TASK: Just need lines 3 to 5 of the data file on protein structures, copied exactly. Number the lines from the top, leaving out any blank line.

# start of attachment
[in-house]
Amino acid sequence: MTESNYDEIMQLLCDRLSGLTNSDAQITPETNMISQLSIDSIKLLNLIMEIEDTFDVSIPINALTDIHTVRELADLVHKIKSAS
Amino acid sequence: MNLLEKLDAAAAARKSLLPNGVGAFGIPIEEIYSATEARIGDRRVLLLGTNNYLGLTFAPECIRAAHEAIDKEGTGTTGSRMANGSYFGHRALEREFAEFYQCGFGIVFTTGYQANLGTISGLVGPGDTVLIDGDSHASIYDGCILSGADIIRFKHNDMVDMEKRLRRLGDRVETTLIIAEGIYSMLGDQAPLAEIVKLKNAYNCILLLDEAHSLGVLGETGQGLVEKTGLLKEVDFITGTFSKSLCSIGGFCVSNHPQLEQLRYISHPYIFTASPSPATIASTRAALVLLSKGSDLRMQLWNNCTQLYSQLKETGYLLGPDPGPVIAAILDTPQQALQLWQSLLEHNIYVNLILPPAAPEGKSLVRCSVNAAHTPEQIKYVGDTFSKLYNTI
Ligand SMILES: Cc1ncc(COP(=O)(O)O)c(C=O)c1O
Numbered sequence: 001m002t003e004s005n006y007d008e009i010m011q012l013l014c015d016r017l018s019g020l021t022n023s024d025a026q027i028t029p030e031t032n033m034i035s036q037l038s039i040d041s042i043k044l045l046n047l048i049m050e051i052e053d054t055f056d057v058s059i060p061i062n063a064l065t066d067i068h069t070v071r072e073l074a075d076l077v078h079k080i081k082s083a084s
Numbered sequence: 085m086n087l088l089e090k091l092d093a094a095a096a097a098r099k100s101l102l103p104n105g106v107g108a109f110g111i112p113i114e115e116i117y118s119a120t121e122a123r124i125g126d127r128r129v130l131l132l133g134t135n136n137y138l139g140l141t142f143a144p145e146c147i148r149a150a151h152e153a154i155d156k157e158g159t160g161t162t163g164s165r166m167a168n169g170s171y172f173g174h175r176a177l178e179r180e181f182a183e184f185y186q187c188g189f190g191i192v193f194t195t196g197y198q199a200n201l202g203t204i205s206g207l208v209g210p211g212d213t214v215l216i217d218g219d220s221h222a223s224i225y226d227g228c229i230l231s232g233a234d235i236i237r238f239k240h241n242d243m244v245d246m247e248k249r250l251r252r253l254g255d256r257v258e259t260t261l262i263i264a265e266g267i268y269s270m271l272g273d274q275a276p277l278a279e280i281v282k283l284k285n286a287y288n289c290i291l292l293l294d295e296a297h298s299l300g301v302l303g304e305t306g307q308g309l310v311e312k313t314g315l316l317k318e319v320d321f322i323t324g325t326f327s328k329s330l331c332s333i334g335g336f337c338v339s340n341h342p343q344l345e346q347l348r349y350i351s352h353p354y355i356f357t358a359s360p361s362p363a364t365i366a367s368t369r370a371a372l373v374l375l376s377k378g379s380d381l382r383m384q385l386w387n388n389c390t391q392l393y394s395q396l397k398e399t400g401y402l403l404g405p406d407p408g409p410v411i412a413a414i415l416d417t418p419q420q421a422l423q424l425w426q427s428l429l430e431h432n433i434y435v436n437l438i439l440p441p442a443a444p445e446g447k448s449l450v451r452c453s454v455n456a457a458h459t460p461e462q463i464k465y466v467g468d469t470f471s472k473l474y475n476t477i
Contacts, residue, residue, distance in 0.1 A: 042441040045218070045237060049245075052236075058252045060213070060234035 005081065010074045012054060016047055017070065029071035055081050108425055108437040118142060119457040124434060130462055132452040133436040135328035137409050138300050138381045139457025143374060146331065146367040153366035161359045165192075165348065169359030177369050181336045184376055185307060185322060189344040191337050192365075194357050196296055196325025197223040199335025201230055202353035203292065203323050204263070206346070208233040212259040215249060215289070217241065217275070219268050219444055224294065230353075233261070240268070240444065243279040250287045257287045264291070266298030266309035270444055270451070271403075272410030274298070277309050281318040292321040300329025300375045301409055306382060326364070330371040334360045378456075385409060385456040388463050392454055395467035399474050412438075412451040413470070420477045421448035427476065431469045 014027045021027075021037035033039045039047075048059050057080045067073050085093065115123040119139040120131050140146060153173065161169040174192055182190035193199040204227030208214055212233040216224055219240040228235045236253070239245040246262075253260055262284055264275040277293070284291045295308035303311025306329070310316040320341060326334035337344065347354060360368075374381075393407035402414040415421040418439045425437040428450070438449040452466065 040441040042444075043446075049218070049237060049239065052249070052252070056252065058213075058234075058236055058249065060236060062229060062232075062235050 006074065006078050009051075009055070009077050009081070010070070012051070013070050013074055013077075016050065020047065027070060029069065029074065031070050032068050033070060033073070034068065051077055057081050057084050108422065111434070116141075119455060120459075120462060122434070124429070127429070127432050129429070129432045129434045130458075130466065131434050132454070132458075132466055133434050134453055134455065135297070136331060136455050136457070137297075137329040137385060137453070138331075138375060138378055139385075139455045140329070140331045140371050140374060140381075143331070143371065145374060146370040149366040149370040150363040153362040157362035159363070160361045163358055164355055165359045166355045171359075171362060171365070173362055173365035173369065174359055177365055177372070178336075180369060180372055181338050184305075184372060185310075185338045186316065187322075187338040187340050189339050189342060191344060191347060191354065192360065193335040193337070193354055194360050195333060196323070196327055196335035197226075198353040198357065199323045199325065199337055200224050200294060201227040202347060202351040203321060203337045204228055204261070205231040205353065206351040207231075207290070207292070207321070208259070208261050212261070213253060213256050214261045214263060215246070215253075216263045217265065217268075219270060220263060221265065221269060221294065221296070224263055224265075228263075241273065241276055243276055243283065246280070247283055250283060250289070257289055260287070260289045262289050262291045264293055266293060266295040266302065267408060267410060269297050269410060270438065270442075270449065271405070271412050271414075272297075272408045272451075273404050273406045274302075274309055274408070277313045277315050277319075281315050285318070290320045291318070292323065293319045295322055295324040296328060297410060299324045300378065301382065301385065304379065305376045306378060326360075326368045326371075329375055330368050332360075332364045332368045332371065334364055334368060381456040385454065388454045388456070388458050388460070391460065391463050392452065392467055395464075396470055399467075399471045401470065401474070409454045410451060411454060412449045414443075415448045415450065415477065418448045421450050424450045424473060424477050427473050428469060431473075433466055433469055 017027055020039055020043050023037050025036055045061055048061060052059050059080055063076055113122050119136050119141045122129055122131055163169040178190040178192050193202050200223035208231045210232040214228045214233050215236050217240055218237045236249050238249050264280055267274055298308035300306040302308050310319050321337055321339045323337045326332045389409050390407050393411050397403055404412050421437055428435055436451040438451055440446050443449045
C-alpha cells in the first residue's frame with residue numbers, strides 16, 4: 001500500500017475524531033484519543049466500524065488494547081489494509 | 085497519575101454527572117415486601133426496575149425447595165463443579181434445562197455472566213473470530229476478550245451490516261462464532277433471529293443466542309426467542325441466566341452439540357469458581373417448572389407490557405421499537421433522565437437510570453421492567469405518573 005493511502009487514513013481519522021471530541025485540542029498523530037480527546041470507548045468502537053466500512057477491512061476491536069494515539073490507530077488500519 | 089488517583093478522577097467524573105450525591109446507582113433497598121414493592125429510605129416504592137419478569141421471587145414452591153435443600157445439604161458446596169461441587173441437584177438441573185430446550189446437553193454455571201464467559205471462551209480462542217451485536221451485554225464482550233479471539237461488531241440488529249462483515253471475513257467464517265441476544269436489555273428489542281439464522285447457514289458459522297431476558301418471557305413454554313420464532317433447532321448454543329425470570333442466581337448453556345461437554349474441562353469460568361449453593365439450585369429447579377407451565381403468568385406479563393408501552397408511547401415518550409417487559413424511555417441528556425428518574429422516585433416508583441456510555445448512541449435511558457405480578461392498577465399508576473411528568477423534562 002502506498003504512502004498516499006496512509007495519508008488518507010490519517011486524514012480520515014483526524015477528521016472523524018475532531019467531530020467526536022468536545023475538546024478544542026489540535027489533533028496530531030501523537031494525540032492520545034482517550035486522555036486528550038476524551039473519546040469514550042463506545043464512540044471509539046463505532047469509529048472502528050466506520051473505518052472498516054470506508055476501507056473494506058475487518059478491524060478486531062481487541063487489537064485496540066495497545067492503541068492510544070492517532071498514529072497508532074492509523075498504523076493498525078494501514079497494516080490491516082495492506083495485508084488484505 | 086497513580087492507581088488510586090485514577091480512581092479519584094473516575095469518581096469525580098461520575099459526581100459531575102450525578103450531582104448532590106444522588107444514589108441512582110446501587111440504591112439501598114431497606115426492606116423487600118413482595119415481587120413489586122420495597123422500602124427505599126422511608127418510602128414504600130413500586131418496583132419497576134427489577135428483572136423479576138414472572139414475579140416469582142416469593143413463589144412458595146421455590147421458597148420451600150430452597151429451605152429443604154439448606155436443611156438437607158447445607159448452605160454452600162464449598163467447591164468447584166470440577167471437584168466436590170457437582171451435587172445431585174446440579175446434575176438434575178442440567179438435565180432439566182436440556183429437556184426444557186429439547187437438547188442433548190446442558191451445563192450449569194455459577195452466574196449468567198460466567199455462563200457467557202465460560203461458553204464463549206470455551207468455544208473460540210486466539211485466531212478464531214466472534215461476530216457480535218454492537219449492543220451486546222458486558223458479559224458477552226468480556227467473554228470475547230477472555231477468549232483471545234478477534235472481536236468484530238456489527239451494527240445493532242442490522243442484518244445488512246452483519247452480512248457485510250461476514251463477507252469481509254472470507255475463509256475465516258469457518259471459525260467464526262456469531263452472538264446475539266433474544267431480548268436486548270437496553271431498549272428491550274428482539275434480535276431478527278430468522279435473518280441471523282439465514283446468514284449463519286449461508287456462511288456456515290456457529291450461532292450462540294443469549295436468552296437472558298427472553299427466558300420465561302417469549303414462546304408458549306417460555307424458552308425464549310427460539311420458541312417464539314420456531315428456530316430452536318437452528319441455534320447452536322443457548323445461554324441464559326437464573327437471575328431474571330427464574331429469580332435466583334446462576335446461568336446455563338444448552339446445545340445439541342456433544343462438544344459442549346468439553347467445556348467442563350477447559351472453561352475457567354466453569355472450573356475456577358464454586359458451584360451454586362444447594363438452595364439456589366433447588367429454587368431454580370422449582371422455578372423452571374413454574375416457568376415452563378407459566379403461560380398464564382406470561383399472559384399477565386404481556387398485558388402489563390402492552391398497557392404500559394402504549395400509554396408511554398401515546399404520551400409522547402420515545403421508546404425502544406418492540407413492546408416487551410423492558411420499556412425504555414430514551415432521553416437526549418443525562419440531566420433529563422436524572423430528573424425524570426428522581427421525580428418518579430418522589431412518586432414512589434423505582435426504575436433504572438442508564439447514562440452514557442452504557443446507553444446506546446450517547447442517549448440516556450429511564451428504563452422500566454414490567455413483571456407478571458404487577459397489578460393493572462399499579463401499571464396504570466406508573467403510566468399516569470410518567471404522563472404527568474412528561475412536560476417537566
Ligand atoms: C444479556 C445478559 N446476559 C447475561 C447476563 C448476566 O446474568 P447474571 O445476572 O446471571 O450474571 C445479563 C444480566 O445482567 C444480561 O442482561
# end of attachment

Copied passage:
Amino acid sequence: MNLLEKLDAAAAARKSLLPNGVGAFGIPIEEIYSATEARIGDRRVLLLGTNNYLGLTFAPECIRAAHEAIDKEGTGTTGSRMANGSYFGHRALEREFAEFYQCGFGIVFTTGYQANLGTISGLVGPGDTVLIDGDSHASIYDGCILSGADIIRFKHNDMVDMEKRLRRLGDRVETTLIIAEGIYSMLGDQAPLAEIVKLKNAYNCILLLDEAHSLGVLGETGQGLVEKTGLLKEVDFITGTFSKSLCSIGGFCVSNHPQLEQLRYISHPYIFTASPSPATIASTRAALVLLSKGSDLRMQLWNNCTQLYSQLKETGYLLGPDPGPVIAAILDTPQQALQLWQSLLEHNIYVNLILPPAAPEGKSLVRCSVNAAHTPEQIKYVGDTFSKLYNTI
Ligand SMILES: Cc1ncc(COP(=O)(O)O)c(C=O)c1O
Numbered sequence: 001m002t003e004s005n006y007d008e009i010m011q012l013l014c015d016r017l018s019g020l021t022n023s024d025a026q027i028t029p030e031t032n033m034i035s036q037l038s039i040d041s042i043k044l045l046n047l048i049m050e051i052e053d054t055f056d057v058s059i060p061i062n063a064l065t066d067i068h069t070v071r072e073l074a075d076l077v078h079k080i081k082s083a084s